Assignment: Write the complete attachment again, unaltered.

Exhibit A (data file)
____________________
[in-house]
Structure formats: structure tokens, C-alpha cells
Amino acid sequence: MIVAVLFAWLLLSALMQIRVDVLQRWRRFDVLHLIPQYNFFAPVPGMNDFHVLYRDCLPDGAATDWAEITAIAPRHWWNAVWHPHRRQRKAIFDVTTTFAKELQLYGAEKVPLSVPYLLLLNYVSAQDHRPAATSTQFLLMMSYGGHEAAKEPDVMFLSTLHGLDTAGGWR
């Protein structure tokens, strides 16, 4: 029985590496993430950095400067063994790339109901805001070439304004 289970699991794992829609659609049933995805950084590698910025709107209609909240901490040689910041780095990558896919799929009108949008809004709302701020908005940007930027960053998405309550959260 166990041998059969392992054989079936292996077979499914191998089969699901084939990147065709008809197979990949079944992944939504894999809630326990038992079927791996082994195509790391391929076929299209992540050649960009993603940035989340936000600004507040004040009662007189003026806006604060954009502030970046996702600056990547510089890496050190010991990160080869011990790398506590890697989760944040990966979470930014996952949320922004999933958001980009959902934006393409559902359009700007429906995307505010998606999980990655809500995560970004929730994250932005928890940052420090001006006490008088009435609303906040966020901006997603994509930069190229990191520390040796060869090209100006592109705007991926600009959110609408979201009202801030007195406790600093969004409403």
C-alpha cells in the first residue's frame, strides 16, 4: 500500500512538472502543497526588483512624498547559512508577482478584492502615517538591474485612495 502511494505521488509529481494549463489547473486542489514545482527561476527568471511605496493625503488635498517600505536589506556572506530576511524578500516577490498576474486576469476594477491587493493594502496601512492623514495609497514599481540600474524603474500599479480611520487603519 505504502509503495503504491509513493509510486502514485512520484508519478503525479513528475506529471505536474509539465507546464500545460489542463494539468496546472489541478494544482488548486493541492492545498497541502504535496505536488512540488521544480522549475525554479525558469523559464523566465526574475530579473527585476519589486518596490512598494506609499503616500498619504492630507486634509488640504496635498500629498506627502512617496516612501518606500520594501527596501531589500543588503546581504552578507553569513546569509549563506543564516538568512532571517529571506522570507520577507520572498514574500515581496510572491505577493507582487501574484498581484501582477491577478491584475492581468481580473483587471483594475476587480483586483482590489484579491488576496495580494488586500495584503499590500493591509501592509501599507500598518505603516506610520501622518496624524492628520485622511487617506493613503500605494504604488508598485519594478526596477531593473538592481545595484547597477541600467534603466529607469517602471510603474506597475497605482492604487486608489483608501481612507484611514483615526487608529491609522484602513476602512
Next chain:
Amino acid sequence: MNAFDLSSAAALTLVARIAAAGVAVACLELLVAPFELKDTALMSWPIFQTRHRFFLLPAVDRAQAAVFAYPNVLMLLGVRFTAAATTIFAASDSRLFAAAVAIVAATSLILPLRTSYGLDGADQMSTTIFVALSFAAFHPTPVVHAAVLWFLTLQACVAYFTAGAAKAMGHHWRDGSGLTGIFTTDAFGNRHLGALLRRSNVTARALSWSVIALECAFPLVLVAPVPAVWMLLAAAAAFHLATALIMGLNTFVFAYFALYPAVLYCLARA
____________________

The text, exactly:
[in-house]
Structure formats: structure tokens, C-alpha cells
Amino acid sequence: MIVAVLFAWLLLSALMQIRVDVLQRWRRFDVLHLIPQYNFFAPVPGMNDFHVLYRDCLPDGAATDWAEITAIAPRHWWNAVWHPHRRQRKAIFDVTTTFAKELQLYGAEKVPLSVPYLLLLNYVSAQDHRPAATSTQFLLMMSYGGHEAAKEPDVMFLSTLHGLDTAGGWR
């Protein structure tokens, strides 16, 4: 029985590496993430950095400067063994790339109901805001070439304004 289970699991794992829609659609049933995805950084590698910025709107209609909240901490040689910041780095990558896919799929009108949008809004709302701020908005940007930027960053998405309550959260 166990041998059969392992054989079936292996077979499914191998089969699901084939990147065709008809197979990949079944992944939504894999809630326990038992079927791996082994195509790391391929076929299209992540050649960009993603940035989340936000600004507040004040009662007189003026806006604060954009502030970046996702600056990547510089890496050190010991990160080869011990790398506590890697989760944040990966979470930014996952949320922004999933958001980009959902934006393409559902359009700007429906995307505010998606999980990655809500995560970004929730994250932005928890940052420090001006006490008088009435609303906040966020901006997603994509930069190229990191520390040796060869090209100006592109705007991926600009959110609408979201009202801030007195406790600093969004409403």
C-alpha cells in the first residue's frame, strides 16, 4: 500500500512538472502543497526588483512624498547559512508577482478584492502615517538591474485612495 502511494505521488509529481494549463489547473486542489514545482527561476527568471511605496493625503488635498517600505536589506556572506530576511524578500516577490498576474486576469476594477491587493493594502496601512492623514495609497514599481540600474524603474500599479480611520487603519 505504502509503495503504491509513493509510486502514485512520484508519478503525479513528475506529471505536474509539465507546464500545460489542463494539468496546472489541478494544482488548486493541492492545498497541502504535496505536488512540488521544480522549475525554479525558469523559464523566465526574475530579473527585476519589486518596490512598494506609499503616500498619504492630507486634509488640504496635498500629498506627502512617496516612501518606500520594501527596501531589500543588503546581504552578507553569513546569509549563506543564516538568512532571517529571506522570507520577507520572498514574500515581496510572491505577493507582487501574484498581484501582477491577478491584475492581468481580473483587471483594475476587480483586483482590489484579491488576496495580494488586500495584503499590500493591509501592509501599507500598518505603516506610520501622518496624524492628520485622511487617506493613503500605494504604488508598485519594478526596477531593473538592481545595484547597477541600467534603466529607469517602471510603474506597475497605482492604487486608489483608501481612507484611514483615526487608529491609522484602513476602512
Next chain:
Amino acid sequence: MNAFDLSSAAALTLVARIAAAGVAVACLELLVAPFELKDTALMSWPIFQTRHRFFLLPAVDRAQAAVFAYPNVLMLLGVRFTAAATTIFAASDSRLFAAAVAIVAATSLILPLRTSYGLDGADQMSTTIFVALSFAAFHPTPVVHAAVLWFLTLQACVAYFTAGAAKAMGHHWRDGSGLTGIFTTDAFGNRHLGALLRRSNVTARALSWSVIALECAFPLVLVAPVPAVWMLLAAAAAFHLATALIMGLNTFVFAYFALYPAVLYCLARA